The Ultimate Building Foundation Guide
What is a building foundation?
Building foundations are one of the most critical elements of any project, even though they aren’t visible when the home or structure is complete.
A foundation refers to the lower part of a structure, which is designed to distribute the weight of the new building evenly and provide a firm footing. It is vital that you choose the right type of foundation and concrete – for the soil type and application – as errors could have serious ramifications and even involve a completed project being demolished. Take a look at our and, if in doubt, always seek advice from an expert such as a building inspector or structural engineer.
Building regulations and foundations
Getting the foundations of your building or extension right first time is vital if you are to have a successful outcome. This applies not just to the type of foundations you use but also to a number of other factors such as distance to boundaries, ground conditions soil type, adjacent structures, trees, drains and sewers.
As with any project, get the advice and support of experts early on to ensure your project meets all of the relevant regulations and you don’t have any nasty shocks further down the line.
Types of foundations in building construction
It is worth carrying out a soil survey before you decide which type of building foundation you require as ground conditions have an important part to play. This is usually done by digging holes at various points across the site and using the results to assume the conditions throughout.
Foundations are generally broken into two categories: shallow and deep. Shallow foundations are the most common type used for small buildings and domestic projects. The depth of these is generally less than their width and they are commonly used for house extension foundations.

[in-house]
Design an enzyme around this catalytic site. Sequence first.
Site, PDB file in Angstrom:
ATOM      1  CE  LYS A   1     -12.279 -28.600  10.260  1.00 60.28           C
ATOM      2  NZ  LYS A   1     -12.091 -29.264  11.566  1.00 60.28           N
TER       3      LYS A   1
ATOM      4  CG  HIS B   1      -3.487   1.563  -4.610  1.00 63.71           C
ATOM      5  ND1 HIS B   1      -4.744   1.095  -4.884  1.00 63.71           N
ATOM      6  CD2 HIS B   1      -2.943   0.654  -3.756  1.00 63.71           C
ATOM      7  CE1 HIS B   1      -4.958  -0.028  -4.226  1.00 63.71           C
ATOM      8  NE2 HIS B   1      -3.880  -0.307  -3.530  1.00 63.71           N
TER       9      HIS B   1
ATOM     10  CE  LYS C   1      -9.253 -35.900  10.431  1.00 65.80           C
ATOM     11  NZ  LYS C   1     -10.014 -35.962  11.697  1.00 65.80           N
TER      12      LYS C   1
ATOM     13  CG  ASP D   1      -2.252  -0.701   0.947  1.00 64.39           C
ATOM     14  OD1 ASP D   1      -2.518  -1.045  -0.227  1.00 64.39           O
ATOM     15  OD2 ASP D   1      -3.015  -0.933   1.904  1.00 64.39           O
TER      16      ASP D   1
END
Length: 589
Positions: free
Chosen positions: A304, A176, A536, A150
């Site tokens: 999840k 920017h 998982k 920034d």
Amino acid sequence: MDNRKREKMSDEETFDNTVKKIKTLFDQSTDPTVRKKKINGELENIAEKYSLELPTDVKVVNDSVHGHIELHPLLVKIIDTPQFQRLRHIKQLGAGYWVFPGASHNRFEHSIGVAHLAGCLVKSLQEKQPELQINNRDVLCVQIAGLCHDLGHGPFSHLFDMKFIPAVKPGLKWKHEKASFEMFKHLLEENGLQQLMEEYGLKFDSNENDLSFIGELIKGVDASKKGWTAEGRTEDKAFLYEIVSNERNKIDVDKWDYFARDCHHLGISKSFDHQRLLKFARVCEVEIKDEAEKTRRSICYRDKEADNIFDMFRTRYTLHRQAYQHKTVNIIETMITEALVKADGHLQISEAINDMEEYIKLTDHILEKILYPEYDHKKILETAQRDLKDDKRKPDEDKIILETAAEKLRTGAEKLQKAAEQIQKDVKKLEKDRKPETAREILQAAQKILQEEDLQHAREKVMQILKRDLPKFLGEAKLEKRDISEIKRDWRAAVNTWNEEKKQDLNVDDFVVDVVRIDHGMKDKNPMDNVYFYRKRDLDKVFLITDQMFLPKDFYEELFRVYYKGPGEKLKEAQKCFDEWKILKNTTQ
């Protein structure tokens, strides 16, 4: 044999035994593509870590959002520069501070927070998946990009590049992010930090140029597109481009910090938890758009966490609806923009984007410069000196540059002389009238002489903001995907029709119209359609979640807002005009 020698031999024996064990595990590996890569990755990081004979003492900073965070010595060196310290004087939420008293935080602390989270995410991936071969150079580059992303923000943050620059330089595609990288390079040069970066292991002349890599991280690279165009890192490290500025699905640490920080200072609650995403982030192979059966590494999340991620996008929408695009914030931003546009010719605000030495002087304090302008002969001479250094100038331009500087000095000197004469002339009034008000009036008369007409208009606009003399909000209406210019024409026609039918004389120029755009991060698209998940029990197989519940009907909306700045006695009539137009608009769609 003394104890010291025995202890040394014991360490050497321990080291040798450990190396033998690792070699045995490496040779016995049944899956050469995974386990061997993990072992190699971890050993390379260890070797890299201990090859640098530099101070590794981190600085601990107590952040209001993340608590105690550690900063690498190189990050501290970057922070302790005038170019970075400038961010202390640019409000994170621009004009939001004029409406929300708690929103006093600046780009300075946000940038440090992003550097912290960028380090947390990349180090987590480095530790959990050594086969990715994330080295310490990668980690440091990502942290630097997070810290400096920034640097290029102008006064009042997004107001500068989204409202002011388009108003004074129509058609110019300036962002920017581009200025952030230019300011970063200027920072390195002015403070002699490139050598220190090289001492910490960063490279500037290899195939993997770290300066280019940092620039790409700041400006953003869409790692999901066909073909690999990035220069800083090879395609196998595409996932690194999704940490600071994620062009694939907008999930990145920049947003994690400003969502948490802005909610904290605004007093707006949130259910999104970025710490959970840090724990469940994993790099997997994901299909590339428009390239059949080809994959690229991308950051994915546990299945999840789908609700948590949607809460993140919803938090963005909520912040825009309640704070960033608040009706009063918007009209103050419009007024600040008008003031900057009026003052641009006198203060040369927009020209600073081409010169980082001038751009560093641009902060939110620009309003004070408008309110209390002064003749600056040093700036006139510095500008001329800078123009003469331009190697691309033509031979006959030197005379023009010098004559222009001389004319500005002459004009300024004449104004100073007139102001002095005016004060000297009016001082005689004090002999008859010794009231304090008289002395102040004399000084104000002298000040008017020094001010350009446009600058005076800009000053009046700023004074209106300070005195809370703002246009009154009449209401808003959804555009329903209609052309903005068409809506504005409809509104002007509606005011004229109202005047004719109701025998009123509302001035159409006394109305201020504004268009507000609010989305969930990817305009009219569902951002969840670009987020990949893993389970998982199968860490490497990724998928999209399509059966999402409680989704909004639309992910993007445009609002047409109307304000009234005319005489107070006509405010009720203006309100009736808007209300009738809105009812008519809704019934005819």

Taller commercial or residential buildings, or those built on very weak ground, will require deep foundations, which carry the load of the structure through the weak soil to the stronger soil or rock below. We offer concretes suitable for all types of foundations.
Shallow foundation types
Individual footing or isolated footing
Also known as a spread footing or pad foundation, this type of foundation is used to support a single column and is square, rectangular or circular in shape. They are a uniform thickness and are designed to carry and spread concentrated loads. The size is calculated on the load and ground conditions.
These concrete footings are usually rectangular in shape and support two or more columns which are so close to each other their individual footings would overlap.
A strip footing is used for load-bearing walls including footings for extensions and conservatories and house foundations. They are also used to accommodate a row of closely-spaced columns. The wider base of this foundation type spreads the weight over a wider area and provides better stability.
Raft or mat foundation
A raft or mat foundation is a large slab supporting a number of columns and walls. This type of foundation is spread across the entire area of a building and is used when soil pressure is low or where columns and walls are so close that individual footings would not be appropriate or cost effective.
Deep foundation types
are used when ground conditions near the surface are not suitable for heavy loads. Piles are driven into the ground using specialist equipment and filled with concrete before a ground beam is added to provide a surface to build on.
Drilled shafts or caissons
Drilled shafts, also known as caissons, are foundations that are cast in-situ. A column is drilled to the required depth before reinforcing steel is lowered into the hole and then filled with concrete.
Building foundations: a step-by-step guide to creating concrete footings